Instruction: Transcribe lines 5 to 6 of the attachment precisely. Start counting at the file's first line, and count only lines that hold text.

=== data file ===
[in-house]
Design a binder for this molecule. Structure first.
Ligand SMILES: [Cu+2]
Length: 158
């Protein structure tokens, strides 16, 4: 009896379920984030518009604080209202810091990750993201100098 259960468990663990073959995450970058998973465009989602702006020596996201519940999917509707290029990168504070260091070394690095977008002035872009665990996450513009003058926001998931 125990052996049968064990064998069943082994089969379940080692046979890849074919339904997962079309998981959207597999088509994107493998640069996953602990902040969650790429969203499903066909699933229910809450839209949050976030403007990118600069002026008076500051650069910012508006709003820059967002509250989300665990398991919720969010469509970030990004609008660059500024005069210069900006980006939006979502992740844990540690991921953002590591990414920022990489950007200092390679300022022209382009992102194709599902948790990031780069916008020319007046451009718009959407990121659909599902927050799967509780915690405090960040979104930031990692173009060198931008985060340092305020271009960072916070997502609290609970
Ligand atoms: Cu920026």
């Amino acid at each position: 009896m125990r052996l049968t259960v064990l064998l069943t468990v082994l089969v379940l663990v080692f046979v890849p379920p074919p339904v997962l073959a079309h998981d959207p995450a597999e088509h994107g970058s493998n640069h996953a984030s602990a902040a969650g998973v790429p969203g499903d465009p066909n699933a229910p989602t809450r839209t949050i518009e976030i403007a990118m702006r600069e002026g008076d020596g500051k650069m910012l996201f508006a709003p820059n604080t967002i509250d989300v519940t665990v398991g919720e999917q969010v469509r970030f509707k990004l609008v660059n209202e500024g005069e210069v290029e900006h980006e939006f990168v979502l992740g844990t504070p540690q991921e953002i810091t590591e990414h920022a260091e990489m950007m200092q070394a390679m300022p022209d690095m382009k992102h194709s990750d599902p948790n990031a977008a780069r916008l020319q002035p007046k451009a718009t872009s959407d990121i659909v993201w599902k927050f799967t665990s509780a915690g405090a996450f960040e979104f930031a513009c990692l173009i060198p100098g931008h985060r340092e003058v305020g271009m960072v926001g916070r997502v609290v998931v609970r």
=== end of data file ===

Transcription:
């Protein structure tokens, strides 16, 4: 009896379920984030518009604080209202810091990750993201100098 259960468990663990073959995450970058998973465009989602702006020596996201519940999917509707290029990168504070260091070394690095977008002035872009665990996450513009003058926001998931 125990052996049968064990064998069943082994089969379940080692046979890849074919339904997962079309998981959207597999088509994107493998640069996953602990902040969650790429969203499903066909699933229910809450839209949050976030403007990118600069002026008076500051650069910012508006709003820059967002509250989300665990398991919720969010469509970030990004609008660059500024005069210069900006980006939006979502992740844990540690991921953002590591990414920022990489950007200092390679300022022209382009992102194709599902948790990031780069916008020319007046451009718009959407990121659909599902927050799967509780915690405090960040979104930031990692173009060198931008985060340092305020271009960072916070997502609290609970
Ligand atoms: Cu920026």